A Guide for Patients: Protecting Patients from Sexual Abuse or Misconduct

What Can Patients Expect from Their Physiotherapist?

Click here to read the guide as a PDF.

Physiotherapy is a self-regulating profession. All physiotherapists must be registered with Physiotherapy Alberta if they want to deliver physiotherapy services in the province. As regulated health professionals, physiotherapists are required to comply with the Standards of Practice, Code of Ethical Conduct, and legislation relevant to their practice. This includes the rules established by Bill 21: An Act to Protect Patients and the Health Professions Act.

Physiotherapy Alberta’s role is to register qualified and competent physiotherapists, administer a continuing competence program, and promote and advocate for excellence in physiotherapy practice. We also set and enforce practice and professional standards and investigate complaints from patients and members of the public.

On November 19, 2018, the Government of Alberta passed Bill 21: An Act to Protect Patients. The Bill set out several changes to the Health Professions Act (HPA), the legislation that physiotherapists and other regulated health professionals must comply with. These changes were made due to concerns about sexual abuse and sexual misconduct of patients by health professionals. These issues are important to Physiotherapy Alberta - College + Association (Physiotherapy Alberta). They are also issues of broad concern to the public. To be clear, sexual misconduct and sexual abuse of patients by physiotherapists were always against the Standards of Practice and Code of Ethical Conduct of Physiotherapy Alberta.

What the legislation does is:

  • Require health-care regulatory colleges to define the term patient and when a patient/provider relationship (also known as a therapeutic relationship) exists.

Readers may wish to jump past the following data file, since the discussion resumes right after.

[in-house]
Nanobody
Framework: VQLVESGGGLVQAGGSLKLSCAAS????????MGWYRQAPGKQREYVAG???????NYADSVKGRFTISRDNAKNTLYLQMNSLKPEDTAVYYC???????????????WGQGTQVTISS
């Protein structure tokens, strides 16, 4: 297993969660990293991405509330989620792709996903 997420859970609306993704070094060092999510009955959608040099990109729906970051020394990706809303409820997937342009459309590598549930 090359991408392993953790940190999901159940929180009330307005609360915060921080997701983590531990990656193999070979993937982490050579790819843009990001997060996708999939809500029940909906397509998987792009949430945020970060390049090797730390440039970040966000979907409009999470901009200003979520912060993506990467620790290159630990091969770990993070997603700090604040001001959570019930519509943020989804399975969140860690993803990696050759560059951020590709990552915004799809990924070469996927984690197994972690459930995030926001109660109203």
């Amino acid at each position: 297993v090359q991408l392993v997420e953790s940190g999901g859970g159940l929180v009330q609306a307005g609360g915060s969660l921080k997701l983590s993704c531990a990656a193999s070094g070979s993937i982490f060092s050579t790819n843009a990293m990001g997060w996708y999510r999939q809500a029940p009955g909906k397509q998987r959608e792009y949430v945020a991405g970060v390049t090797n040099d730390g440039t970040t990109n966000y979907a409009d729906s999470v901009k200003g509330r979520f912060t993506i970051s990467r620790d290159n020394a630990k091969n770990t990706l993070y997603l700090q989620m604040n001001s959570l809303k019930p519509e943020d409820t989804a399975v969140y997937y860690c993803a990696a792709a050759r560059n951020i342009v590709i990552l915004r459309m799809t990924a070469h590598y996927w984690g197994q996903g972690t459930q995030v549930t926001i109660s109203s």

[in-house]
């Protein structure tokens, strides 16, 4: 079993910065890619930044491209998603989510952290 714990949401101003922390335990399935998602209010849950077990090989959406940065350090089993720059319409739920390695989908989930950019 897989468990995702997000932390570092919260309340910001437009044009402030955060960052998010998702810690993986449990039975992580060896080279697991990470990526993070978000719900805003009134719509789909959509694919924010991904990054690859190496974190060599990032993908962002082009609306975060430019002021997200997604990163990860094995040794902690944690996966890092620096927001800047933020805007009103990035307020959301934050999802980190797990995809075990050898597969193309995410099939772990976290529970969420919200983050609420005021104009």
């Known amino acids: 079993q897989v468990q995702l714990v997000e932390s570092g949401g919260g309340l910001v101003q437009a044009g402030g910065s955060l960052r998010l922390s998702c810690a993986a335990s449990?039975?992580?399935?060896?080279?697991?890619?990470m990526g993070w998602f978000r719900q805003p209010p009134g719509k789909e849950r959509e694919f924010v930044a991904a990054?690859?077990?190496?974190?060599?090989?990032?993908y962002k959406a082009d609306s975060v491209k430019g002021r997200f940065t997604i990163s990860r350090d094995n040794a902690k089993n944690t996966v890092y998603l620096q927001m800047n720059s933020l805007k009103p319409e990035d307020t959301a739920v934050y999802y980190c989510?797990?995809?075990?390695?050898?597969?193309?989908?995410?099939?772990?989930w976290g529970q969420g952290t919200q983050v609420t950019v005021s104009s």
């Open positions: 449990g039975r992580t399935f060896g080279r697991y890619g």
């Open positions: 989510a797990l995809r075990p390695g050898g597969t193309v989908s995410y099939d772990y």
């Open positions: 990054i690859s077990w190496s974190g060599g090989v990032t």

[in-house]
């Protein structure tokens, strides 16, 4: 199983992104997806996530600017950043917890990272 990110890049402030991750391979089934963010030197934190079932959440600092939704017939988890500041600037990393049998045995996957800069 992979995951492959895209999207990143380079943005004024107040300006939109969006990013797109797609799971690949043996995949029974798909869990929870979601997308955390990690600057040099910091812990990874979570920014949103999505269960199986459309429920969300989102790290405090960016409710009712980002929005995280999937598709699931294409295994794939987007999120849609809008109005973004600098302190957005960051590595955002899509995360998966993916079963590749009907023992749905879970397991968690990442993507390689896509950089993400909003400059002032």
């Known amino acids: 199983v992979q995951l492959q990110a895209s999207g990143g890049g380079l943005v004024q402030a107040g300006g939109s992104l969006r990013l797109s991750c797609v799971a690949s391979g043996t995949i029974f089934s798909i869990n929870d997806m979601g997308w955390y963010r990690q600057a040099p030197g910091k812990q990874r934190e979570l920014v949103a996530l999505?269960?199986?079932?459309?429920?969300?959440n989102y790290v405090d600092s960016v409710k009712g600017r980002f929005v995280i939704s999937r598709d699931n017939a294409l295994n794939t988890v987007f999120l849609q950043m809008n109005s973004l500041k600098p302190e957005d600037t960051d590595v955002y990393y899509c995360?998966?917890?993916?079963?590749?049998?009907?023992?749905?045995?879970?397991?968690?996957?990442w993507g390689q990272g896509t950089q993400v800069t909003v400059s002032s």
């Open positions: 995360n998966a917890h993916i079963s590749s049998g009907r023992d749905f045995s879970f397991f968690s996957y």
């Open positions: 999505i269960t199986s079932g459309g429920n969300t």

• Define in detail the behaviours that constitute sexual misconduct and sexual abuse (for the complete definitions of sexual abuse and sexual misconduct as found in Bill 21, see Appendix 1).
  • Set minimum mandatory penalties for regulated health professionals found to have engaged in sexual misconduct or sexual abuse of patients.
  • Direct how health-care regulatory colleges are to conduct investigations and hearings when complaints include a component of sexual misconduct or sexual abuse.  

In short, physiotherapists are not allowed to engage in any form of sexual relationship with a patient. They are also not allowed to engage in behaviours or comments that are sexual in nature that they know or ought to know will cause offence or humiliation to the patient or negatively affect the patient’s health and well-being.

Physiotherapy is a diverse profession. Physiotherapists work with patients from across the lifespan, from the very young to the very old. Physiotherapists work in a range of healthcare and community settings, and work with people who have a wide range of health concerns. This makes it challenging to describe what patients can expect from their physiotherapist, as there will be some variation in the patient experience depending on why you are seeking physiotherapy services.

One thing is consistent - physiotherapy is a touching profession. Much of what physiotherapists do in their day-to-day practice involves the use of touch to assess and treat movement and movement problems. This includes feeling for changes to body tissues or limitations in movement, feeling swelling or muscle tightness, and the use of hands to move muscles and joints to improve flexibility or to assist with activities such as exercise. Physiotherapists frequently work in close proximity to people, commonly within what would be considered personal space in a social setting.

With that in mind, it’s reasonable to ask what constitutes appropriate or inappropriate touch in physiotherapy practice.

Appropriate touch:

  • The purpose has been explained and is consistent with the reason you came to see the physiotherapist. If the purpose is not obviously consistent with the reason you came, the physiotherapist explained why what they want to do is necessary.
  • You granted permission.
  • Lasted for the duration necessary for the stated purpose and no longer.
  • Ended if or when you said stop.

Inappropriate touch:

  • The purpose has not been explained or is not consistent with the reason you came to see the physiotherapist.
  • You did not grant permission.
  • Continued longer than the duration necessary to complete the assessment or treatment.
  • Did not stop when you said stop.